So, how close are the Royals to having their years of high drafting come together in 2009? Let's take a look.

The 2009 Philadelphia Phillies feature an excellent mix of young, exciting baseball players coming into their primes, players currently enjoying their primes, and veterans with experience. This is also a team with talent coming out of its ears. There is nothing to dislike.

So find out why Asher still doubts that the Phillies will win the NL East.

The 2009 Pirates are going to make history. Nothing can stop them. This team of destiny is going to sport a losing record for the 17th consecutive season, the most ever for a major league franchise.

But you already knew that. The real news is that there is actually a good chance that the streak will end before it hits 20.

When John Dewan's Fielding Bible was published early in 2006, it easily represented the biggest leap forward in defensive metrics ever. Three years later, in The Fielding Bible Volume II, Dewan has gone the extra mile, not only converting his legendary Plus/Minus rating into runs saved, but also accounting for other defensive contributions not covered by the Plus/Minus system. The result is a book that you cannot afford to be without if you want to analyze the game of baseball.

The 2005 White Sox improved by 16 games over the 2004 iteration by solidifying the back of their rotation, getting career years from several members of the bullpen, ditching expendable sluggers in favor of a bona fide leadoff man, replacing a catcher-by-committee with a solid veteran, and tinkering with their middle infield.

What's this got to do with the 2009 Cincinnati Reds? Everything. Sit down, crack open a beer, and try not to fall off your chair in amazement as you read about the parallels between the two clubs.

As early as last November, a Jake-Peavy-to-Chicago trade being near completion were reported across the country. Fans and analysts instantly wrote off the Padres as being in one of their infamous rebuilding years and pegged them for triple-digit losses, if not the worst overall record in baseball.

Then a funny thing happened, or rather, did not happen. Jake Peavy remains in San Diego, yet no one has altered their prediction of utter doom for the San Diego Padres. No one except Keith, that is.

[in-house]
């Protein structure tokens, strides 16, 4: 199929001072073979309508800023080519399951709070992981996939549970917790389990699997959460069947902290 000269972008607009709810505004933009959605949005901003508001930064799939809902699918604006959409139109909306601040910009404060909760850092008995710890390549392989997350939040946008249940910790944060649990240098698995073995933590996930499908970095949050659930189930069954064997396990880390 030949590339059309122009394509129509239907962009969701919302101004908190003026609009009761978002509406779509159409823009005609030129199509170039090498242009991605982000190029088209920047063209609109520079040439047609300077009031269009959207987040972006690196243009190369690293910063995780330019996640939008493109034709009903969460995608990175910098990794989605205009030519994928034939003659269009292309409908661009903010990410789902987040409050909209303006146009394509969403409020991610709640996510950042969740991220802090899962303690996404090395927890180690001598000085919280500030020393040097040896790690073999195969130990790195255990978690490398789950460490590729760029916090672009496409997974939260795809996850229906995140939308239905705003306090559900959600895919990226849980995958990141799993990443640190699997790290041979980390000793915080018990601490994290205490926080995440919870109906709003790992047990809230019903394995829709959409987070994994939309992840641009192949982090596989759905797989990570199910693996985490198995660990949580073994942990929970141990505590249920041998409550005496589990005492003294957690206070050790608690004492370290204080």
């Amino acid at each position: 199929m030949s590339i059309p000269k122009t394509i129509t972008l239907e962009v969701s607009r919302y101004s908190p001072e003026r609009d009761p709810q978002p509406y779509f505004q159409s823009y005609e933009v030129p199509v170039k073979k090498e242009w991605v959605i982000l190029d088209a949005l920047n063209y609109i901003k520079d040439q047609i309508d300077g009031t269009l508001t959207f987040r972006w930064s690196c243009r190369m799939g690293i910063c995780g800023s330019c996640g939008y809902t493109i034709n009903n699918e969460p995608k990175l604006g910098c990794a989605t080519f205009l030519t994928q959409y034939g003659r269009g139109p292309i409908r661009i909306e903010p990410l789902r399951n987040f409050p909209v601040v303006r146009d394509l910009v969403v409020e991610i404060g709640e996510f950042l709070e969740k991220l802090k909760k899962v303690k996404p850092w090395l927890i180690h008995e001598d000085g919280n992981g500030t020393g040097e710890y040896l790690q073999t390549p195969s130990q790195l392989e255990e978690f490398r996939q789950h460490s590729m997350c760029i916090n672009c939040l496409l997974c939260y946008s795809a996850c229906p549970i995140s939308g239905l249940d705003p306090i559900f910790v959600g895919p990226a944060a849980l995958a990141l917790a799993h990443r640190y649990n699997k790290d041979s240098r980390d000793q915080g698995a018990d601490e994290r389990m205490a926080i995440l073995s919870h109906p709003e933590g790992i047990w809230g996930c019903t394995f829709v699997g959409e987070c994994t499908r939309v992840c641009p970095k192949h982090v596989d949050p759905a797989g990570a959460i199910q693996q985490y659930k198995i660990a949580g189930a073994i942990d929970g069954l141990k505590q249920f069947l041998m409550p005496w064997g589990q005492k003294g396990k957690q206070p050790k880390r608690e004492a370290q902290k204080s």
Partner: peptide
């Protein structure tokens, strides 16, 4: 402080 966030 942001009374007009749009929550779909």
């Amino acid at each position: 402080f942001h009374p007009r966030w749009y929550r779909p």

The Cleveland Indians are quite the enigma.  Last year, they went 37-51 (.420) prior to trading the best starting pitcher in baseball and 44-30 (.595) thereafter.  They seem to alternate between overachieving and underachieving every year, both as a team and as individual players.  Asher is underwhelmed by their starting pitching and personnel decisions, and finds the 2009 squad lacking in excitement.

Asher was one of many to fall hook, line, and sinker for the 2008 Detroit Tigers despite bigtime questions about their pitching and defense. While it seems like they've made changes in all the right places - upgrading at catcher, replacing Edgar Renteria with Adam Everett, adding pitching depth, and putting Brandon Inge back in the starting lineup where he belongs (at least on defense) - that pitching staff is still crazily inconsistent and hard to get excited about.

With Matt Holliday, Orlando Cabrera, and Jason Giambi added to the 2009 payroll, Mark Ellis signed to an $11 million, 2-year extension, Eric Chavez still due to make $26 million over the next two seasons, and Nomar Garciaparra reportedly on the way, the Oakland Athletics are spending money like we haven't seen in years. Unfortunatley, this does not necessarily mean that the team will take a step forward this year, writes Richard in his 2009 Oakland A's Team Preview.